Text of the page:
November is National Adoption Awareness Month. During the month of November we at Purl recognize this month by educating and trying to raise awareness of all facets of adoption. While every type of adoption is recognized during this month, the particular focus this month is to raise awareness about the urgent need for adoptive families for children and youth in foster care. The history of National Adoption Awareness Month dates back to 1976 when the Governor of Massachusetts announced the first Adoption Week. This idea grew in popularity and quickly spread nation wide. In 1995, President Clinton expanded the week to the entire month of November.
During the month of November, people across the nation raise awareness of adoption and hope that awareness of adoption encourages others to open their homes to children in foster care waiting for a forever home. Also, this month includes National Adoption Day, which is usually observed in courthouses nationwide, where thousands of adoptions are finalized. COVID has put a damper on some state and county events, but it appears many of these events are scheduled again for 2022.
Here are some ways you can recognize National Adoption Awareness Month:
Share your connections to adoption. Sharing your feelings about adoption (both positive and negative) and how it grew your family can help educate others about adoption. Just don’t forget if you’re an adoptive parent that you should do this while at the same time protecting your child’s story.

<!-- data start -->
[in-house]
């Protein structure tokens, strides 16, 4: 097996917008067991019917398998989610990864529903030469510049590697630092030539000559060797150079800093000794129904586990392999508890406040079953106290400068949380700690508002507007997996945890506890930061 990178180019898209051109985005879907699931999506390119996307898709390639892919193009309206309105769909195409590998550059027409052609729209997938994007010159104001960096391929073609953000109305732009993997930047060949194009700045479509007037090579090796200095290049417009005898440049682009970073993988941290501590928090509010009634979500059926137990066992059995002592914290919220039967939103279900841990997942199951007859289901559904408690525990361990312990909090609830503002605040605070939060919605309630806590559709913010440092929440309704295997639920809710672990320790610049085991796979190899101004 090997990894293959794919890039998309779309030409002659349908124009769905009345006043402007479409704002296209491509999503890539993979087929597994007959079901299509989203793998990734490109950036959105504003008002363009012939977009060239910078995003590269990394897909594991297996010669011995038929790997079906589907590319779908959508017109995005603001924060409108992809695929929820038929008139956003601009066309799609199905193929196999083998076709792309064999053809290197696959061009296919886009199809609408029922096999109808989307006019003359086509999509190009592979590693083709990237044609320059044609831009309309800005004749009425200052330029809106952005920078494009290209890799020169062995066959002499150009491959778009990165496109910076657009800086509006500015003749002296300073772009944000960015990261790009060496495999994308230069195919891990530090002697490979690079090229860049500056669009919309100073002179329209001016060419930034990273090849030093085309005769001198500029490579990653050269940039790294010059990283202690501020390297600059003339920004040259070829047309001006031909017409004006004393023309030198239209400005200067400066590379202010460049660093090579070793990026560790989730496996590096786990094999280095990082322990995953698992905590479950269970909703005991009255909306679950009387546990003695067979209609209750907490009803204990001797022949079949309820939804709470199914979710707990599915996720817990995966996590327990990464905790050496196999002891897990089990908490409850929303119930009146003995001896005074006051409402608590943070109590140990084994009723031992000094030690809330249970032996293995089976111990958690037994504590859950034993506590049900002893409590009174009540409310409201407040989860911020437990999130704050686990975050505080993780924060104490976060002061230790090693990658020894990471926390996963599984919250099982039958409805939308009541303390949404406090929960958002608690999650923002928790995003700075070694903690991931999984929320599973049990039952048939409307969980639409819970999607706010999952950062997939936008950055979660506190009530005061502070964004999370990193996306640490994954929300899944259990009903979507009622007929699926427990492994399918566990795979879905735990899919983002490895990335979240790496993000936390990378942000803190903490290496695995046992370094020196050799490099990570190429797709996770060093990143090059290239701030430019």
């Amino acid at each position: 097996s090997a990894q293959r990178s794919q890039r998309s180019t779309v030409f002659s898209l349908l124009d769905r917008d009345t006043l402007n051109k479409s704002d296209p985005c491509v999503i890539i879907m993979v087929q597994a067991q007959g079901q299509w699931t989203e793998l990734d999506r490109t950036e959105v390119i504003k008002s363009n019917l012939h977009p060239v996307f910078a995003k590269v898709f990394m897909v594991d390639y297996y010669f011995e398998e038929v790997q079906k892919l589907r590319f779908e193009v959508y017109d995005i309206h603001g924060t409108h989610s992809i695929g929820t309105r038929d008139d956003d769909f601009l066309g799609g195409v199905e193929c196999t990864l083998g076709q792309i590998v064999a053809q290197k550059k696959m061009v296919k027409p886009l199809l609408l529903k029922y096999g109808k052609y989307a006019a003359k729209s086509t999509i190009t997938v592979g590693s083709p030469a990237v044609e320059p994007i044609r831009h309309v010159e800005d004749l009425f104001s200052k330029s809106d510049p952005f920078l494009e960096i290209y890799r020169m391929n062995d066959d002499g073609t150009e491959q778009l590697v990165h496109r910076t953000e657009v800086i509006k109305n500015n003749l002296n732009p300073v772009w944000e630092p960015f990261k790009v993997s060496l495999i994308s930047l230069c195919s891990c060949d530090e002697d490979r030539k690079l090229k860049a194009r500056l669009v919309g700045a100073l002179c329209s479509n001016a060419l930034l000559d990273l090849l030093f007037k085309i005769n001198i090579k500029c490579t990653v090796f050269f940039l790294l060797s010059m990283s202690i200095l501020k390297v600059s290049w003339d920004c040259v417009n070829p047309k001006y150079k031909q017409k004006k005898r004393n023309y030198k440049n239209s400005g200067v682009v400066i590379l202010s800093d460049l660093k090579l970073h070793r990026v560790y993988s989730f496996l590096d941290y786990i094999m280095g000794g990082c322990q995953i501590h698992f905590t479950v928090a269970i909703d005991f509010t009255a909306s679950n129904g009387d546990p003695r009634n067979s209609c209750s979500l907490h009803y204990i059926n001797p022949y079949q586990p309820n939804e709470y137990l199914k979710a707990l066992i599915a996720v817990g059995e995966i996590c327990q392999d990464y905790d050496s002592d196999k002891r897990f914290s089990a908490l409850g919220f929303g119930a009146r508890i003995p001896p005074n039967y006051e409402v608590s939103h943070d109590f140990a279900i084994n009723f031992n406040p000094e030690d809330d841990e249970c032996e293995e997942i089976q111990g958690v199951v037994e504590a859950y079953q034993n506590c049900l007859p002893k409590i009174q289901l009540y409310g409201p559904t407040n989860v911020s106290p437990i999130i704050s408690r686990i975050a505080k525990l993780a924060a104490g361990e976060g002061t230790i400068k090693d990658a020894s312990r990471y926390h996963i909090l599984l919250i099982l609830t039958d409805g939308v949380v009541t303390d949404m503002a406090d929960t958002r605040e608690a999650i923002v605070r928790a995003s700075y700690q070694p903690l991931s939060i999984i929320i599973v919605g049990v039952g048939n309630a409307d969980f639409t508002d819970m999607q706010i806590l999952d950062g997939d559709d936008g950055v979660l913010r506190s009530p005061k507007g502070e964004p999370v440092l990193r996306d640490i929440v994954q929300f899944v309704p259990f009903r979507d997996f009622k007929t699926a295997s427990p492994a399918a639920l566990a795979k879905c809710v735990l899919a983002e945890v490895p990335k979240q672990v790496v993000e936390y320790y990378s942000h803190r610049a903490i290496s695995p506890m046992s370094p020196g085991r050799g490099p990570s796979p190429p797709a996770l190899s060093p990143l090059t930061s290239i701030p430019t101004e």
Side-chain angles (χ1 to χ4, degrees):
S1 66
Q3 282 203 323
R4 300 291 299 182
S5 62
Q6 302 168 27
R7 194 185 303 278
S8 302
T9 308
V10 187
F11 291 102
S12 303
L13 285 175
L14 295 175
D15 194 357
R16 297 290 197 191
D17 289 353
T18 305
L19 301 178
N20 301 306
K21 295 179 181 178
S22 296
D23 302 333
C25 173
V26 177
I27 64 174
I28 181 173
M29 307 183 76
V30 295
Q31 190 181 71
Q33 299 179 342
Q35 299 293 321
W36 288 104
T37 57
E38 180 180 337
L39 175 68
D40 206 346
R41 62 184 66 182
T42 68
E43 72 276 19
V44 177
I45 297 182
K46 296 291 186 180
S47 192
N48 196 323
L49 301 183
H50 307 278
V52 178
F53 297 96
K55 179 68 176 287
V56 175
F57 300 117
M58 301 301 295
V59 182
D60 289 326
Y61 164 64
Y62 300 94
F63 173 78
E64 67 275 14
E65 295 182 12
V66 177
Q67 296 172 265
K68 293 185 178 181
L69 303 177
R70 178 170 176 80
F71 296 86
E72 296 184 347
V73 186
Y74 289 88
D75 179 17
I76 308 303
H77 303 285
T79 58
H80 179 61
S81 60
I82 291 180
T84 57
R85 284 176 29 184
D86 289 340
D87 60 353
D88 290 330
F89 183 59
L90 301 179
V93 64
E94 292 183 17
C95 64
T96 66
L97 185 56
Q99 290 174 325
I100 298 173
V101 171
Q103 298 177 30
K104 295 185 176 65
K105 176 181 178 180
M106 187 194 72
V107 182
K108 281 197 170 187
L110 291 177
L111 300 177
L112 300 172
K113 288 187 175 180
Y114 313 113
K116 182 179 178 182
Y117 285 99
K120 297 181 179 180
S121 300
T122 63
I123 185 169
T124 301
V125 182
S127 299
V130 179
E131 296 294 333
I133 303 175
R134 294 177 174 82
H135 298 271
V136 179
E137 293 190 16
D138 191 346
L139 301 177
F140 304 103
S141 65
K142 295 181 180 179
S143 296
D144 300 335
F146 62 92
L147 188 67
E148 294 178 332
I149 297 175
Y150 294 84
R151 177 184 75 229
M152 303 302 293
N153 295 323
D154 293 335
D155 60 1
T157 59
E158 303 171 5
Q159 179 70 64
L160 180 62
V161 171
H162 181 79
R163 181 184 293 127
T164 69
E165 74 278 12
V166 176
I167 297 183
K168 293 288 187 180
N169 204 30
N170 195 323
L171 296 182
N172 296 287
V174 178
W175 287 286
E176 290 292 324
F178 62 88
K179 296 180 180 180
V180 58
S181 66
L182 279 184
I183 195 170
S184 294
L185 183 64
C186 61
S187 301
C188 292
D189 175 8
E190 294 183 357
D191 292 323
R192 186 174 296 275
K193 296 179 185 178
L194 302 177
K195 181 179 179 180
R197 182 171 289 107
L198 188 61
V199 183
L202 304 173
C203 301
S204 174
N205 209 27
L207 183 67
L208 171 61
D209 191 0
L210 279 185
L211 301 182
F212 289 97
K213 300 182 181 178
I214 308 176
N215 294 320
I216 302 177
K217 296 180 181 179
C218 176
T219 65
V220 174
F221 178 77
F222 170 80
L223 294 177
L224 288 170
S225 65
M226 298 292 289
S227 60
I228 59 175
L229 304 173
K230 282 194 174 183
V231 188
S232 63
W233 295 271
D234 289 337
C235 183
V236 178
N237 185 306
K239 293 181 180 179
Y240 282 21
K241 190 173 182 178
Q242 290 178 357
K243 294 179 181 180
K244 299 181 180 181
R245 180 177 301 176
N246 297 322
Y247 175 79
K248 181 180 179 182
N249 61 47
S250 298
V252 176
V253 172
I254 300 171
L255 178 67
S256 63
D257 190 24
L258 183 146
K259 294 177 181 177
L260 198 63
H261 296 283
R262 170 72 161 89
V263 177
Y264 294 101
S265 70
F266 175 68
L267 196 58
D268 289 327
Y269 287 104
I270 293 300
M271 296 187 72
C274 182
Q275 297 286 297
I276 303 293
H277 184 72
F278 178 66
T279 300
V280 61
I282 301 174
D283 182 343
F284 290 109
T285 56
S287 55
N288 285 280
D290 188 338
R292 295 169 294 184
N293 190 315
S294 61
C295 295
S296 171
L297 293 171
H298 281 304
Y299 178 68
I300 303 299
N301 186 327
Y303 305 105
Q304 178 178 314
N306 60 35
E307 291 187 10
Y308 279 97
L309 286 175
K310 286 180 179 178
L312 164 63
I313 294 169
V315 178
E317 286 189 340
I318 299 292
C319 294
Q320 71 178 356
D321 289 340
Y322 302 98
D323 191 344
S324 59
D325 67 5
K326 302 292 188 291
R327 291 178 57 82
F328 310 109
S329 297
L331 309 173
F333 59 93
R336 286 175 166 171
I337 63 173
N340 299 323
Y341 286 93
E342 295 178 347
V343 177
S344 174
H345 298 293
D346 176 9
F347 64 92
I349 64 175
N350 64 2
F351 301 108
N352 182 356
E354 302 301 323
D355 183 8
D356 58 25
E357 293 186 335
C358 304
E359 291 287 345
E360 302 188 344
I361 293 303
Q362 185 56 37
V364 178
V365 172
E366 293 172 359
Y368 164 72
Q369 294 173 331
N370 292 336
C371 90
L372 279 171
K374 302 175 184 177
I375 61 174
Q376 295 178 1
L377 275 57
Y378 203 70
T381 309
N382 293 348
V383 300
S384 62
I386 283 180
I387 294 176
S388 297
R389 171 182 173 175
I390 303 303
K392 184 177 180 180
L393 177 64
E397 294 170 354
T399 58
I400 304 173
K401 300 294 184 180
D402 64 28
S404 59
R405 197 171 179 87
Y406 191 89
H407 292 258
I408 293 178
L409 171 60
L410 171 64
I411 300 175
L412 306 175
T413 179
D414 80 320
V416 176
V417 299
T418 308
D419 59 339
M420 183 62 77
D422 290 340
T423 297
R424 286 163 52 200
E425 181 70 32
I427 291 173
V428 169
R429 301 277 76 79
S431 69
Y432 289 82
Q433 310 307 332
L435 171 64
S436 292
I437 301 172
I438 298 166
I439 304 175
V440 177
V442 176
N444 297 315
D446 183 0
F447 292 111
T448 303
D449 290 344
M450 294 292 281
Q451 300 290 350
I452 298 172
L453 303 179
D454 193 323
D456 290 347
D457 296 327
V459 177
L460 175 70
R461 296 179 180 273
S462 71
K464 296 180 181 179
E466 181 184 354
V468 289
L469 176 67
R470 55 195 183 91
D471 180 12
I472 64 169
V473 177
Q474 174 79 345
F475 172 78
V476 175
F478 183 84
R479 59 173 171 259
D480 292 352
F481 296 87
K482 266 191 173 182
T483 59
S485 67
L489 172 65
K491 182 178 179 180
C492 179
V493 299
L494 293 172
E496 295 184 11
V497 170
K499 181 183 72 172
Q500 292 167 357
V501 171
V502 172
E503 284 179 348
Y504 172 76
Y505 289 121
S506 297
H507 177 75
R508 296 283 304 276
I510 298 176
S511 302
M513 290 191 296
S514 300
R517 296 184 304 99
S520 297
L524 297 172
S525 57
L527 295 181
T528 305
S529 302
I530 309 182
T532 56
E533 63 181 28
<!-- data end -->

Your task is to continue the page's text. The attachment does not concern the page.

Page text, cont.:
Celebrate your child’s heritage. There are many things adoptive parents can do to encourage awareness this month. Maybe it is retelling your adoption story to your child or making a point to read all the adoption books you have collected with your child. If your child through adoption is of a different heritage/nationality, maybe you cook a traditional dish with your child to celebrate his or her heritage. You can also play traditional games or activities and make holiday crafts to demonstrate appreciation for different cultures.
Educate yourself or the people around you about adoption. Continue learning about adoption by either reading books or watching movies related to adoption. I recently read American Baby, a book about the very difficult history of domestic infant adoption. There are many in the adoption community that will be using this month to educate about all aspects of adoption, from the perspective of the adoptee, the birth mom and the adoptive family (typically collectively called the adoption triad). We hope that you’ll use this month to learn from all three perspectives, and not just from adoption professionals and adoptive families who have dominated this space. We particularly recommend you learn from adult adoptees about their feelings on adoption. We believe this will at times their voices will make you uncomfortable if you are a prospective adoptive parent, but we feel it is essential to really understanding how your child through adoption might feel as they grow up, and ways to do things differently if you decide to proceed with adoption. Here are some adult adoptee accounts we recommend you follow and learn from this month:
- Follow along with us this November. Since we don’t typically operate in the foster care space, during November we will be offering a blog series looking at the domestic adoption process from start to finish, identifying resources, perspectives and ideas to educate and prepare families for adoption. We will be sharing both the positive and negative aspects of adoption, different from many professionals and adoptive parents who focus only on the positive narrative. Adoption begins from loss and there is trauma for every child, but there are usually beautiful parts to it as well. Our goal is to help adoptive parents recognize the complicated nature of adoption and be more prepared for it, so they can be the best parents they an be to their child.